Liability insurers have a duty to investigate claims by their policyholders to defend and indemnify them. All liability insurers must adopt and implement reasonable standards for the prompt investigation of claims.[10] It is essential that an insurer fully inquire into possible bases that might support a policyholder’s claim.[11] The insurer may not just focus on those facts which justify denial of the claim.[12] The insurer may not deny a claim without first thoroughly investigating the policyholder’s claim for a defense through independent counsel. The insurer must initiate its own investigations rather than sit back and find fault with information provided by the policyholder.[13]

The reasonableness of the insurer’s denial of a claim must be determined on the basis of the information known or reasonably available to it at the time of denial. The insurer’s the duty to investigate does not end simply because a lawsuit between the insurer and policyholder has been filed.[14]

The Duty of Equal Protection

“The implied covenant imposes obligations not only as to claims by a third party but also as to those by the insured. In both contexts the obligations of the insurer ‘are merely two different aspects of the same the duty. [W]hen the insurer unreasonably and in bad faith withholds payment of the claim of its insured, it is subject to liability in tort. For the insurer to fulfill its obligation not to impair the right of the insured to receive the benefits of the agreement, it again must give at least as much consideration to the latter’s interests as it does to its own.”[15]

The duty of good faith and fair dealing requires an insurer to “careful and serious consideration to the interests and position of the assured. . . . The carrier cannot exclusively preoccupy itself with its own interests but must also weigh the real interests of the assured.”[16] When investigating a claim, an insurance company has a duty to diligently search for evidence which supports its policyholder’s claim. If it seeks to discover only the evidence that defeats the claim it holds its own interest above that of its insured.”[17]

The Duty to Process Claims Promptly

Insurance Code §790.03(h)(3) requires insurers “to adopt and implement reasonable standards for the prompt . . . processing of claims.” “A delay in payment of benefits due under

an insurance policy gives rise to tort liability only if the insured can establish the delay was unreasonable”[18] Unreasonable delay in the processing of a claim or the payment of benefits may be evidence of bad faith by the insurer.[19]

The Duty to Pay as Liability Becomes Clear

Insurance Code §790.03(h)(12) requires insurers “to settle claims promptly, where liability has become apparent.”

The Duty of Objectivity – No Hindsight Rule

A liability insurer must use objective standards in making its claims decisions.[20] The insurer cannot ignore evidence supporting a claim, while focusing on facts justifying denial of the claim.[21] If it does so, it acts unreasonably towards its policyholder. The reasonableness of the insurer’s decision must be evaluated as of the time it was made, rather than on the basis of later developments. Otherwise an insurer could refuse to defend its policyholder on the slightest provocation and then resort to hindsight for the justification.[22]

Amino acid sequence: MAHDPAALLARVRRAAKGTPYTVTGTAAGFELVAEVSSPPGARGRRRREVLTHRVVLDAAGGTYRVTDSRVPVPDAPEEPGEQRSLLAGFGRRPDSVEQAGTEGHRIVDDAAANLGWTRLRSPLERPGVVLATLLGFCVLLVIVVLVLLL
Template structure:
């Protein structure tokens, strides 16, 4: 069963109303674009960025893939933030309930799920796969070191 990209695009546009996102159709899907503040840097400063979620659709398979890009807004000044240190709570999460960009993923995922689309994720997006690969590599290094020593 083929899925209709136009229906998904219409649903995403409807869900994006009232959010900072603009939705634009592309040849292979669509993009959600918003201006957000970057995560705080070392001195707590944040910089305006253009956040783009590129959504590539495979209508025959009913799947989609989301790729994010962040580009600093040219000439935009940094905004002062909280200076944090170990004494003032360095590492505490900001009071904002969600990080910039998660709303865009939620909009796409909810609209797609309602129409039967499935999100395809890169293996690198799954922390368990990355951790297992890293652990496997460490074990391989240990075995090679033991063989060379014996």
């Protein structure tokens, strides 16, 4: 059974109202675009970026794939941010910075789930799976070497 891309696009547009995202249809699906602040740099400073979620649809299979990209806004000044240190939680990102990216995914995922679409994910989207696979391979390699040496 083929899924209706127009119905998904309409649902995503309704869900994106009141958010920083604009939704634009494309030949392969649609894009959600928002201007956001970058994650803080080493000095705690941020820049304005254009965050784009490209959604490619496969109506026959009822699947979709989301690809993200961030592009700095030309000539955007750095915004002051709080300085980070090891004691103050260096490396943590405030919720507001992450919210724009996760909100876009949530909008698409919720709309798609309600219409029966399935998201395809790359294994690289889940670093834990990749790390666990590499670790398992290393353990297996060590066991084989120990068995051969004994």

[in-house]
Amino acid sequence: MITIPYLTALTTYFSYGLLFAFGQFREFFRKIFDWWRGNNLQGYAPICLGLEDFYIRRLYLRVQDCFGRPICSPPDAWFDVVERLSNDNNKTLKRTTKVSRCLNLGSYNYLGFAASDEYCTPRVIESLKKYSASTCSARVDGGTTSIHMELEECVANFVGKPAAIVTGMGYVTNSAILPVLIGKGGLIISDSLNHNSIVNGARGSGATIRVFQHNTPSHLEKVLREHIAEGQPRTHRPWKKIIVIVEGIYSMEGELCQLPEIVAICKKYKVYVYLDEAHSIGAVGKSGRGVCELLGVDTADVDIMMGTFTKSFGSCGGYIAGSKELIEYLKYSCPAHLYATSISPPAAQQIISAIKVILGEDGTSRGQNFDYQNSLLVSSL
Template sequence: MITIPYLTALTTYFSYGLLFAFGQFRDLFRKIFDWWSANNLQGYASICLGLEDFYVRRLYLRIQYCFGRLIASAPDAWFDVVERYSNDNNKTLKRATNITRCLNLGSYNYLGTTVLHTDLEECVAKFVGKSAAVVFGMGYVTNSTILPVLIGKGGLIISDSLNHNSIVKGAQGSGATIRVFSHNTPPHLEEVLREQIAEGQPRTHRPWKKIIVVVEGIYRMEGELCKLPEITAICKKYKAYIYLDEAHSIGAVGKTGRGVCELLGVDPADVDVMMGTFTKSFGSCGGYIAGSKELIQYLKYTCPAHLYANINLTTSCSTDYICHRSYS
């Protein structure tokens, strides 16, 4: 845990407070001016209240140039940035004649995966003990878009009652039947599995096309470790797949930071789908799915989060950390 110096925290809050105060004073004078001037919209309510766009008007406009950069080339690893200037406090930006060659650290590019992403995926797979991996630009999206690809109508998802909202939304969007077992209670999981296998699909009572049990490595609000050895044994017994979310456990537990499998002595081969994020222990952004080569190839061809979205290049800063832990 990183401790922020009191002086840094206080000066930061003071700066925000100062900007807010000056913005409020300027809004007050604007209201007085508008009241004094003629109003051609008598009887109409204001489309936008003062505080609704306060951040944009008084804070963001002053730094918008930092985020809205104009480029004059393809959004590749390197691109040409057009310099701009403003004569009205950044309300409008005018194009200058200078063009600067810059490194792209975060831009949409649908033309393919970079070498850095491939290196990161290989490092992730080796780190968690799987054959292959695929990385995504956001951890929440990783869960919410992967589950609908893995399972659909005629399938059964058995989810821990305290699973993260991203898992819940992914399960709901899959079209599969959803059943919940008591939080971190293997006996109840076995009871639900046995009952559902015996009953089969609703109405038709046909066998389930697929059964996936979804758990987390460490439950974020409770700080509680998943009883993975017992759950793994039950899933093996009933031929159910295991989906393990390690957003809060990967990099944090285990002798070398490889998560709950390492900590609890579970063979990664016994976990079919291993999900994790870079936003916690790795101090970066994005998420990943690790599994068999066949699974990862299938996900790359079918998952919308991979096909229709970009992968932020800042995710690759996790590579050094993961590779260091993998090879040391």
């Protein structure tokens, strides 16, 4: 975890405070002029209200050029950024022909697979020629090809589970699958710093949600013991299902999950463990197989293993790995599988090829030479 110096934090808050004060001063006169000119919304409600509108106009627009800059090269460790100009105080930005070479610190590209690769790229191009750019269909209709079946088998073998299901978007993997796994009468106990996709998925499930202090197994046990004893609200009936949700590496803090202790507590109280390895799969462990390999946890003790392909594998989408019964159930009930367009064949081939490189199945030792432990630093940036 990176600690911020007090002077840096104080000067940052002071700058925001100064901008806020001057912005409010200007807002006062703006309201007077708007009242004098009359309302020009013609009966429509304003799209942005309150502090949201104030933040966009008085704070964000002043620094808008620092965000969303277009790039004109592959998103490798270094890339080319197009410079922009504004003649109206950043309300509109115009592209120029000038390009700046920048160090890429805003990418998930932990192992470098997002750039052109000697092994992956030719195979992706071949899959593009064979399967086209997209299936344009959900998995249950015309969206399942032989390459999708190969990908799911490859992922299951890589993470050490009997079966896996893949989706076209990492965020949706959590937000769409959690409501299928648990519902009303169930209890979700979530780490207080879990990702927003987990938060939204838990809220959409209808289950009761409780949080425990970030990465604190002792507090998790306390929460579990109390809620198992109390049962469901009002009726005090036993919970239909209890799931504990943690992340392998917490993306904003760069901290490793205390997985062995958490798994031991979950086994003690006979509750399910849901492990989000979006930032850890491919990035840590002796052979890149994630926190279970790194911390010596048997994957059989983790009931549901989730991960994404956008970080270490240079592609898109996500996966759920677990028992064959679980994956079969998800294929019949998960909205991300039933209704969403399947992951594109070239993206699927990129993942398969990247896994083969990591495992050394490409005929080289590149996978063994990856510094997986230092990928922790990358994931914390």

The Duty to Not Coerce the Policyholder

A liability insurer may not delay payment of a claim in order to coerce a compromise of another claim. Instead, an insurer must settle claims promptly, where liability has become apparent under one portion of the insurance policy coverage but not attempt to influence settlements under other portions of the insurance policy coverage.[23]

Breach of the Duty of Good Faith Risks Tort Liability

As the Supreme Court summarized, “tort recovery in this particular context is considered appropriate for a variety of policy reasons. Unlike most other contracts for goods or services, an insurance policy is characterized by elements of adhesion, public interest and fiduciary responsibility. In general, insurance policies are not purchased for profit or advantage; rather, they are obtained for peace of mind and security in the event of an accident or other catastrophe. Moreover, an insured faces a unique ‘economic dilemma’ when its insurer breaches the implied covenant of good faith and fair dealing. Unlike other parties in contract who typically may seek recourse in the marketplace in the event of a breach, an insured will not be able to find another insurance company willing to pay for a loss already incurred. In addition, the tort duty of a liability insurer ordinarily is based on its assumption of the insured’s defense and of settlement negotiations of third party claims.”[24] Limiting the insurer’s obligation to paying only policy benefits usually does not adequately compensate an policyholder and may not adequately deter the insurer from breaching the contract in the first place.[25]